If your managing time in all sectors of the business, from Sales, Product Development and Production it will result in shorter planning and development cycles, as well as less process time in manufacturing.

Whether you’re a manufacturer making computer components, tin cans, widgets or an individual working in a purchasing department producing orders, reports, or budgets you are still producing an output, an output that someone wants.

We all have our processes (inputs) and transform them into something someone wants (outputs).

Time is the key element to control within our processes, for this we use standard work.

The establishment of time based standardised processes is the greatest key to creating consistent performance. Only when the process is stable you can begin the creative process of improvement.

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Leadership Standard Work: Strengthening the Core of Manufacturing Management

Effective leadership is paramount in steering organisations toward success. Leadership Standard Work (LSW) represents a transformative approach that embeds discipline, visibility, and accountability into the daily routines of leaders at all levels. At its core, LSW is a systematic, documented set of behaviours and activities that are fundamental to driving performance improvement and organisational success. Let’s delve deeper into this concept and how it can be actualised in your manufacturing environment.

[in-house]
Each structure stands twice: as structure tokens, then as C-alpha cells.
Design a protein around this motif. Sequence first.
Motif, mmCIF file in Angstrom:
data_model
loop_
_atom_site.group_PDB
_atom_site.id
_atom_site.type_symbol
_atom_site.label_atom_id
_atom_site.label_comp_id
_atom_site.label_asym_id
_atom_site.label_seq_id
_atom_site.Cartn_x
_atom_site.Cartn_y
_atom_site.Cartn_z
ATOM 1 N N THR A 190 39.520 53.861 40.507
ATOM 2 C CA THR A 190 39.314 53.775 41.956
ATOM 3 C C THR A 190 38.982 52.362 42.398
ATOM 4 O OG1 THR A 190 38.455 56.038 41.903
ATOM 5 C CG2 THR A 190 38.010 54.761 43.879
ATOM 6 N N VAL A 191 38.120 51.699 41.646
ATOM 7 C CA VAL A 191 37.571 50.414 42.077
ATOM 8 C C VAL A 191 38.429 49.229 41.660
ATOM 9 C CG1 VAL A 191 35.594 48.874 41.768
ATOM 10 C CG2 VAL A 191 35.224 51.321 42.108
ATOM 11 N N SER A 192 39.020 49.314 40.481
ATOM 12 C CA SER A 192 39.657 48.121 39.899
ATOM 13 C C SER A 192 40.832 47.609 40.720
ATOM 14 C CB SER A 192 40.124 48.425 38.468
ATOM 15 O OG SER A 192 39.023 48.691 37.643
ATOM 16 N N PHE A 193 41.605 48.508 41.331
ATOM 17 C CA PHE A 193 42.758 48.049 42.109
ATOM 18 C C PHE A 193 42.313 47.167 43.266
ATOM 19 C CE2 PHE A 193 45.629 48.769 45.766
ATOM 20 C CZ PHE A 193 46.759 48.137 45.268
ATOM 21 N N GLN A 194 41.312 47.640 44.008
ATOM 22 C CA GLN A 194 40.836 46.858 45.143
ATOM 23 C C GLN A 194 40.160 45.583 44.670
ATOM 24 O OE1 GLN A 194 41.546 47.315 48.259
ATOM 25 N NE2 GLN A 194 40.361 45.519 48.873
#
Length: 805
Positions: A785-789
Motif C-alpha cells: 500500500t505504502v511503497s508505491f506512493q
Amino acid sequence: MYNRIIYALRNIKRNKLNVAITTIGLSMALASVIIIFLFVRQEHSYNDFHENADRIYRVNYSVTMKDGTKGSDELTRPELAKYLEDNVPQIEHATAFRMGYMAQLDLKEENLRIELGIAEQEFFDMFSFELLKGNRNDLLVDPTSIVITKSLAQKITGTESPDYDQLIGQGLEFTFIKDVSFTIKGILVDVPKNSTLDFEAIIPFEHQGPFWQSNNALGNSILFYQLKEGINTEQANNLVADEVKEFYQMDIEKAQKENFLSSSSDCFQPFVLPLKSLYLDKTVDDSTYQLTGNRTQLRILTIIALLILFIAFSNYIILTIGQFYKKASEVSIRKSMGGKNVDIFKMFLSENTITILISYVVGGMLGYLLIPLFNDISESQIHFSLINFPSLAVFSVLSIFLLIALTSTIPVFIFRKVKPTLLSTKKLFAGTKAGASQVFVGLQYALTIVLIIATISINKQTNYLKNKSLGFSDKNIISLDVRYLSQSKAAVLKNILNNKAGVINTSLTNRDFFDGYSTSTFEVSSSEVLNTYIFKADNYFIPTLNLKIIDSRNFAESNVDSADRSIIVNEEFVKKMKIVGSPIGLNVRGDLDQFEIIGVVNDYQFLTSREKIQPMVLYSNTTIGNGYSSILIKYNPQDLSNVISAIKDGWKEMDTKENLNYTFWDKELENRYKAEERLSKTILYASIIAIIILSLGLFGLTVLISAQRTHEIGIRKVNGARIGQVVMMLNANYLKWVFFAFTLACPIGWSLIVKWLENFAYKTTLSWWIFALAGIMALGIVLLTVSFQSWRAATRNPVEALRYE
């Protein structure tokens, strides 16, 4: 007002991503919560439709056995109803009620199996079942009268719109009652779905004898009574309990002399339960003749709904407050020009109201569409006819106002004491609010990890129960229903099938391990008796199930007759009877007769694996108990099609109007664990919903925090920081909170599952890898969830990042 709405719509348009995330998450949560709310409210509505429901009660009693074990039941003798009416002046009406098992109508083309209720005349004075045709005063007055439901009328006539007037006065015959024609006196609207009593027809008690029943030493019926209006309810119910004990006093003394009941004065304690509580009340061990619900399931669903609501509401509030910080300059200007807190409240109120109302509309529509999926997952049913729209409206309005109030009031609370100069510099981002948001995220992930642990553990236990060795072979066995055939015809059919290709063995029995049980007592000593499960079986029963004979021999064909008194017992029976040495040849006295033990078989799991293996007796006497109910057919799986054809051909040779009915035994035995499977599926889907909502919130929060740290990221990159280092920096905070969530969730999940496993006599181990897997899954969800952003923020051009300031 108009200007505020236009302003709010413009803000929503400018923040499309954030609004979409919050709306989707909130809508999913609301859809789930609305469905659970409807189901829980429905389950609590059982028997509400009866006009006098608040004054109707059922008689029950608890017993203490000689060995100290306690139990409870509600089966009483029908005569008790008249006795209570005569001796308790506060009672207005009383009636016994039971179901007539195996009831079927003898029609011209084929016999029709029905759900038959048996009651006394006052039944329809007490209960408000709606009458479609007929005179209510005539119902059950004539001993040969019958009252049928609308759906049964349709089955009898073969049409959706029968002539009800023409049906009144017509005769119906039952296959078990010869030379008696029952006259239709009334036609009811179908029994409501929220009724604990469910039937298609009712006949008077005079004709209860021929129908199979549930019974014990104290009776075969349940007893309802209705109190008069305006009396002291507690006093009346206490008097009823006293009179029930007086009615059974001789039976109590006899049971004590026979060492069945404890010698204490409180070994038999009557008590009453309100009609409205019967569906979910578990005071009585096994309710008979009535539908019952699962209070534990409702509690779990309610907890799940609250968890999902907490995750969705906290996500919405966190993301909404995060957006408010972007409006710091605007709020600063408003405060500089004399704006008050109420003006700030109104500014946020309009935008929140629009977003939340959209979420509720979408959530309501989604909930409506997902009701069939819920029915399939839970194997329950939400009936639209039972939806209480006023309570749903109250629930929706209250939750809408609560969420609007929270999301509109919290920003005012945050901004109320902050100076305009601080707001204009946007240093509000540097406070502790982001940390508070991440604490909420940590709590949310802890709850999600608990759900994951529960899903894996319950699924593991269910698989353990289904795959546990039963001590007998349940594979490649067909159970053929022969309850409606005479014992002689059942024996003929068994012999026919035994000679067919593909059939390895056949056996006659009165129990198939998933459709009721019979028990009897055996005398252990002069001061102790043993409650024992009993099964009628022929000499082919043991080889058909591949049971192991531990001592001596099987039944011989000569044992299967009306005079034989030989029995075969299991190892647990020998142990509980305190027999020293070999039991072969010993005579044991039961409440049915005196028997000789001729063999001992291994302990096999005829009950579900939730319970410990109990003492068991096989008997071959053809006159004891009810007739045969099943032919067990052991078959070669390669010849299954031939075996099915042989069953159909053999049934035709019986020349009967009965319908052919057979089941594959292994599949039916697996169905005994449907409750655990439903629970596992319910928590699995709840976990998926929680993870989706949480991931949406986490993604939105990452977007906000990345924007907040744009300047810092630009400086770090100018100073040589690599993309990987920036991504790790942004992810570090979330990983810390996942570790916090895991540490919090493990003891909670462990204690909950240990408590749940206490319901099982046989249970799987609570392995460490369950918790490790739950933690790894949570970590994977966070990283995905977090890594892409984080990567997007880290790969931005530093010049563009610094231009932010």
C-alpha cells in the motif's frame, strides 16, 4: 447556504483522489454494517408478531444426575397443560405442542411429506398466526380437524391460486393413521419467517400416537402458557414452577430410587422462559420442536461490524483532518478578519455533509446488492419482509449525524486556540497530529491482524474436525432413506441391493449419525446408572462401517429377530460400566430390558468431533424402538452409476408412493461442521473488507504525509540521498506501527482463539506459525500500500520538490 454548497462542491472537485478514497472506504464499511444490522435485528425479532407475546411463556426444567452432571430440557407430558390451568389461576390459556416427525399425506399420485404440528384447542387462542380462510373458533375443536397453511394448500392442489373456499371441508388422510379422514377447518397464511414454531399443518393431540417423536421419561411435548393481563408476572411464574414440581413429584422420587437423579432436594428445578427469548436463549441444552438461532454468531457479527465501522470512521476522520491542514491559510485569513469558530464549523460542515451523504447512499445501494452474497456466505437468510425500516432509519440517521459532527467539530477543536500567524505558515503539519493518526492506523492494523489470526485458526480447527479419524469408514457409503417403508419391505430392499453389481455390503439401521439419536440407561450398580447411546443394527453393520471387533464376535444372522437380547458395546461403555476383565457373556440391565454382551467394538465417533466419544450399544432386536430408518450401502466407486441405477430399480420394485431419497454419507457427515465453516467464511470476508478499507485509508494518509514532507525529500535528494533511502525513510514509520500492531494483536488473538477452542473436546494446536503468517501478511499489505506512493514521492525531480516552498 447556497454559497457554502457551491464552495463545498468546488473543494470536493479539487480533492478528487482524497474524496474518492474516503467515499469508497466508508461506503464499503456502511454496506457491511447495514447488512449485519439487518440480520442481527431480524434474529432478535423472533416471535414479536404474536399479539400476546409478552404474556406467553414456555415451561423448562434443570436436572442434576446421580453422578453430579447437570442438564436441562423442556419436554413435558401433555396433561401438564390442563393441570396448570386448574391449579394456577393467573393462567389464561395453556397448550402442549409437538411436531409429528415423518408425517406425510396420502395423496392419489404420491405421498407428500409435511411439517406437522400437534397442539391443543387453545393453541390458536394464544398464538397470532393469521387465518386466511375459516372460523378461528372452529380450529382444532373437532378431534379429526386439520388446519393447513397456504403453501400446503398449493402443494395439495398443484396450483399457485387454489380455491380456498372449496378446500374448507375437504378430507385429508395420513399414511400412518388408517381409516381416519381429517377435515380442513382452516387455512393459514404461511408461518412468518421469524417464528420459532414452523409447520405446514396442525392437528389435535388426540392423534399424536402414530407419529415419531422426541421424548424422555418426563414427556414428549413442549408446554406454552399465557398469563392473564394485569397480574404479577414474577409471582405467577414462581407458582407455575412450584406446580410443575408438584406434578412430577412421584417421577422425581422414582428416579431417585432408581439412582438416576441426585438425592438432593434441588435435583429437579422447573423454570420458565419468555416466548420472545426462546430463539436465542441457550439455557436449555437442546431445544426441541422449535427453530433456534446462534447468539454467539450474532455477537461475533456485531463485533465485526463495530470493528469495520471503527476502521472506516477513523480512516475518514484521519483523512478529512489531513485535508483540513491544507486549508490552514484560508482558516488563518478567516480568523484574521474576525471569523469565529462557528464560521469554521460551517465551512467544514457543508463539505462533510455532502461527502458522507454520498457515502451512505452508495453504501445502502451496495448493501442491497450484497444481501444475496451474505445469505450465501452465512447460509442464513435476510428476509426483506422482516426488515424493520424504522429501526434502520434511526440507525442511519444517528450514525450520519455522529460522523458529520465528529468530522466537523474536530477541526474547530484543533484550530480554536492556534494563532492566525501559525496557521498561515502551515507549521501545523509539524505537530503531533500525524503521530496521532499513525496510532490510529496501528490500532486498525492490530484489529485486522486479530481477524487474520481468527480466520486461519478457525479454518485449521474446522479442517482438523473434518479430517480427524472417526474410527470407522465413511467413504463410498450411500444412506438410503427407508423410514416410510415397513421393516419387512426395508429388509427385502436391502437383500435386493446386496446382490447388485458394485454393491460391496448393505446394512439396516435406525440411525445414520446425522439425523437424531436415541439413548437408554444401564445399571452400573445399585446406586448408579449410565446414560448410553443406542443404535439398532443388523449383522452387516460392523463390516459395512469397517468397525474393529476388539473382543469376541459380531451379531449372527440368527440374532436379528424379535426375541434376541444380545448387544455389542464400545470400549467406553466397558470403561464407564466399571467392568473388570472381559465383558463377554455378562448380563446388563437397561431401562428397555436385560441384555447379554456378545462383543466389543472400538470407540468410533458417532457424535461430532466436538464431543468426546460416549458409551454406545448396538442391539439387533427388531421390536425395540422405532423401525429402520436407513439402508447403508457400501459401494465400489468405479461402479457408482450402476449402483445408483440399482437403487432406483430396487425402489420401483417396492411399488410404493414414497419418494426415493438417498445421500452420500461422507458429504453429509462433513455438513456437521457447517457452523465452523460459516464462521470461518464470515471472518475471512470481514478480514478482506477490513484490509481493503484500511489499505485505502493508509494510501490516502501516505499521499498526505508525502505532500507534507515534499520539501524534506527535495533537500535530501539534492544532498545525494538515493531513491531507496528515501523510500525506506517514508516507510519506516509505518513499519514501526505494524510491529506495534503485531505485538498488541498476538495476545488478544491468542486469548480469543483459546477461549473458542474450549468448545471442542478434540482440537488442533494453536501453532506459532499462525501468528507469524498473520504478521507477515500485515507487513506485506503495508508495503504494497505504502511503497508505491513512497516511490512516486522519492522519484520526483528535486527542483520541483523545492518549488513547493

The Pillars of Leadership Standard Work

Leadership Standard Work revolves around several key behaviours that align with the fundamental lean principles of continuous improvement and respect for people. These include:

  1. Go and See (Gemba): Regular, scheduled visits to the place where work happens to observe processes and engage with frontline workers.
  2. Ask Why: Applying the five-whys technique to uncover the root cause of issues, thus fostering a culture of problem-solving.